A Catlins bach owner believes "politics" may have hampered a helicopter search for a Heriot man who died while freediving near his Newhaven property last month.
Jake Bridson, 23, of Heriot, died at popular Catlins snorkelling spot Owaka Heads about noon on December 27, after he became separated from a fellow diver.
An Otago Regional Rescue Helicopter arrived from Dunedin about 1pm, and located Bridson's body by about 1.40pm.
However, Newhaven bach owner David Pearson said this week a second, charter helicopter was also present from about noon, only 1km from the search area.
He said he believed only "politics" had prevented it from taking part in the operation, and beginning the aerial search much earlier.
Pearson said his family had chartered Highland Helicopters, of Dunedin, to carry a sick relative to their Surat Bay Rd bach that day, and quickly became aware an incident was under way about 1km across the estuary, due to the activity of multiple search vessels.
The charter helicopter was flown by Highland Helicopters owner Paul Williams, accompanied by wife and trained observer Kirsty.
Pearson said although the Williams had offered to begin the aerial search almost immediately, he understood they were unable to do so as the helicopter had not been "tasked" for the rescue mission by police.
"I have a problem with the fact there was a helicopter [near the incident site], and it was not utilised in the search. The machine and observer were ready and available at least an hour before the rescue helicopter arrived."
He said although he did not believe its use would have changed the outcome, it could have saved those waiting "a lot of grief".
"The people of Newhaven were extremely upset to watch the drama unfold, as were the pilot and crew from Highland Helicopters.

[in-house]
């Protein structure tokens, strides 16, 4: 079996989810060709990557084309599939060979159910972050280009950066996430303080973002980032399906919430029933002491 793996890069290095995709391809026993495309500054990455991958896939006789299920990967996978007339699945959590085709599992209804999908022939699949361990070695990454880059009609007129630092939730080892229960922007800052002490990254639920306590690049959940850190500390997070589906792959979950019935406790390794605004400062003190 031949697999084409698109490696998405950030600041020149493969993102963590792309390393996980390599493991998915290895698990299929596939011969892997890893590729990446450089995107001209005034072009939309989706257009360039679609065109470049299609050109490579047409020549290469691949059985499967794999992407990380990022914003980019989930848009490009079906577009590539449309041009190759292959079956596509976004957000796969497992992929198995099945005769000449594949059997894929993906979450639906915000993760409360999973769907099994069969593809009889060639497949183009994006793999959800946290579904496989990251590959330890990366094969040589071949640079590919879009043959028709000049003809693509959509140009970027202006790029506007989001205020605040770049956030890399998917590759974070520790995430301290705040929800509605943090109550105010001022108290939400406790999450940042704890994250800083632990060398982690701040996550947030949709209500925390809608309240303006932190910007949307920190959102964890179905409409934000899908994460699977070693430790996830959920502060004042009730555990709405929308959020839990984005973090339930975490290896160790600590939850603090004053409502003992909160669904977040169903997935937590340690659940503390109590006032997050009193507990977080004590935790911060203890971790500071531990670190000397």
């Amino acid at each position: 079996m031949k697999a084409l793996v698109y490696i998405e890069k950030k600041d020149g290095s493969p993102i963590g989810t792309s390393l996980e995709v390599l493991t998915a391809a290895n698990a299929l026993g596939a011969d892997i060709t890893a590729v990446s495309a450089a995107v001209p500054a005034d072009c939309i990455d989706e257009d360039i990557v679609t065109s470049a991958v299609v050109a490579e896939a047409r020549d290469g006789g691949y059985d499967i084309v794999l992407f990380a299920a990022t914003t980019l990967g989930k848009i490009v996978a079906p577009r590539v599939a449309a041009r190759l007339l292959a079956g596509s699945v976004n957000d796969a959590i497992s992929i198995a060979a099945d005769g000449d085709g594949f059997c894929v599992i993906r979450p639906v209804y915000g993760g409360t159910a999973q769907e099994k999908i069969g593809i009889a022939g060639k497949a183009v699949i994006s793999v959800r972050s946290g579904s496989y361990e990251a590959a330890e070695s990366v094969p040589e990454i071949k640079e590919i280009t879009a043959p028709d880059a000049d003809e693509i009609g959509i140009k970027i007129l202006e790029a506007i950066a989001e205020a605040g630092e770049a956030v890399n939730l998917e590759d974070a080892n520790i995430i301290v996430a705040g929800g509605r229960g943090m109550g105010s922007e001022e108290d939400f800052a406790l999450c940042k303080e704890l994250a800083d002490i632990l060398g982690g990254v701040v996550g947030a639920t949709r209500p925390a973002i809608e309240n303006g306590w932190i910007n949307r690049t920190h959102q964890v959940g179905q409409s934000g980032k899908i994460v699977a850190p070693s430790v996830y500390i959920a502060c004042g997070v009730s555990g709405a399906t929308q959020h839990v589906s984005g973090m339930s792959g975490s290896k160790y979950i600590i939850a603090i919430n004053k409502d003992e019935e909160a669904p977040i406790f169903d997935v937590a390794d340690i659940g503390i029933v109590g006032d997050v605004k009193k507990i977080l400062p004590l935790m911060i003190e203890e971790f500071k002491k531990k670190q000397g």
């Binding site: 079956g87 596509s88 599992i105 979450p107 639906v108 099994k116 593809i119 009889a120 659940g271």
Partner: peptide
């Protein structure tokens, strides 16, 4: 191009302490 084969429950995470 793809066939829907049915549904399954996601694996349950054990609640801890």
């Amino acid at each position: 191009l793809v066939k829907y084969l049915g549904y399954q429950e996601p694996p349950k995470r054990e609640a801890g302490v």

"When it comes to saving a life or easing the burden of grief for a family, surely politics or contracts should not enter the equation?"
Highland Helicopters declined to comment in detail on the situation, but confirmed Pearson's statements regarding times, personnel and availability.
Otago Coastal SAR co-ordinator Sergeant Nathan White said search and rescue operations favoured partner agencies, such as the Otago Regional Rescue Helicopter, with whom police trained regularly.
"During the formal planning phase of an operation, we will always look to see what search assets we have available and what we might require.
"We were not immediately aware of the presence of the charter helicopter during this incident."
Otago Regional Rescue Helicopter chief pilot Graeme Gale, who monitored the incident from Dunedin, said yesterday it was unrealistic to expect an unequipped charter helicopter to conduct a formal search and rescue operation.
"The helicopter we sent had water rescue personnel, winch operators and intensive care paramedics on board, and infra-red detection equipment available.
"To imagine a local helicopter without the proper resources could just jump in is unrealistic at best."
Gale said he and his team would conduct the operation "exactly the same way" if it occurred today.
"Our team was airborne within three or four minutes, and on-site 20 minutes after the initial alert.
"The operation was conducted as rapidly as possible, given the information available.
"Unfortunately the outcome is very, very sad for the family."